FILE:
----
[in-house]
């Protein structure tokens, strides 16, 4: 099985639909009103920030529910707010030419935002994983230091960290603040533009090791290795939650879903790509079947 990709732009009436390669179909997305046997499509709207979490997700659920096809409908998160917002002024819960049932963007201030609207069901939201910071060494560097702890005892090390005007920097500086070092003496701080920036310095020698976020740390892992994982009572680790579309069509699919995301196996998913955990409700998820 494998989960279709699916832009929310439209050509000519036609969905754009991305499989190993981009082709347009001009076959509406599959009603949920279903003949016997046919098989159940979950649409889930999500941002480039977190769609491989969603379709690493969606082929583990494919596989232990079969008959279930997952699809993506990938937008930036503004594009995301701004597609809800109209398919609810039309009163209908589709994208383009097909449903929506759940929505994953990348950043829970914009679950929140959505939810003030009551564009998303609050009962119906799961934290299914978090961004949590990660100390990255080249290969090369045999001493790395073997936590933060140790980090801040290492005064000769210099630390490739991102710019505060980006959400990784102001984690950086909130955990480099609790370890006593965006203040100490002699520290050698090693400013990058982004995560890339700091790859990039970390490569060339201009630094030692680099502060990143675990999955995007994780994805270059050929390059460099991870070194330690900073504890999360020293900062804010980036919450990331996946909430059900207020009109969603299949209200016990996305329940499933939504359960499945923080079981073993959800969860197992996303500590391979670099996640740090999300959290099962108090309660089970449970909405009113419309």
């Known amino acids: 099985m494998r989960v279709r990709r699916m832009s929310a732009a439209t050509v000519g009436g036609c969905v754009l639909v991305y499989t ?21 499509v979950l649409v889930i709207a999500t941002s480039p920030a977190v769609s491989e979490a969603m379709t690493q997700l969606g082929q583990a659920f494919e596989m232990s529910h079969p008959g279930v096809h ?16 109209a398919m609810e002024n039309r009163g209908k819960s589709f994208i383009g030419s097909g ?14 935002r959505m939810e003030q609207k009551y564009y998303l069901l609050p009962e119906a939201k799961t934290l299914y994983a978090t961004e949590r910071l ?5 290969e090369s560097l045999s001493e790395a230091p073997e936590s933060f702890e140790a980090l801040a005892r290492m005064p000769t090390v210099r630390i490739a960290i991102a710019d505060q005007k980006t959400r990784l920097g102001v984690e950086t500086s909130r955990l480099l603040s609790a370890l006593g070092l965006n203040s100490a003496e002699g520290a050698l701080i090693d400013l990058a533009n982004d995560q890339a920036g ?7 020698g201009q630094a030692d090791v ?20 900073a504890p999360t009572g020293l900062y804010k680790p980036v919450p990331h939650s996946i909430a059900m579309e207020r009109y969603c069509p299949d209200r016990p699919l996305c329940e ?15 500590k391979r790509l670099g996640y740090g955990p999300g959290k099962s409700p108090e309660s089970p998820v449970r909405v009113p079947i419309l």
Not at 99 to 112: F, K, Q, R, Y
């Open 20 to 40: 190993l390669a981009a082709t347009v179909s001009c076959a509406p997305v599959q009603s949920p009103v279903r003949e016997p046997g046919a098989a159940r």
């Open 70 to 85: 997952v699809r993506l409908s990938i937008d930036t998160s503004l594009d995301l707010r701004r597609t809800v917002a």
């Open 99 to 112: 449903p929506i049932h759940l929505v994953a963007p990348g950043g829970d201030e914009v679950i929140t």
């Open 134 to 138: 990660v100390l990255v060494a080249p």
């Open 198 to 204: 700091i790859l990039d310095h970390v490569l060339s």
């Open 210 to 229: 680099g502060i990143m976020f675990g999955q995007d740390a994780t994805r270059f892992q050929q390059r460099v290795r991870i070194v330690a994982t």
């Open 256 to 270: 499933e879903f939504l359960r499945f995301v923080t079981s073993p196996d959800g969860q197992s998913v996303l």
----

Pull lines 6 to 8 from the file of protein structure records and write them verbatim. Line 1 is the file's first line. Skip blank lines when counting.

């Open 70 to 85: 997952v699809r993506l409908s990938i937008d930036t998160s503004l594009d995301l707010r701004r597609t809800v917002a």
């Open 99 to 112: 449903p929506i049932h759940l929505v994953a963007p990348g950043g829970d201030e914009v679950i929140t």
């Open 134 to 138: 990660v100390l990255v060494a080249p």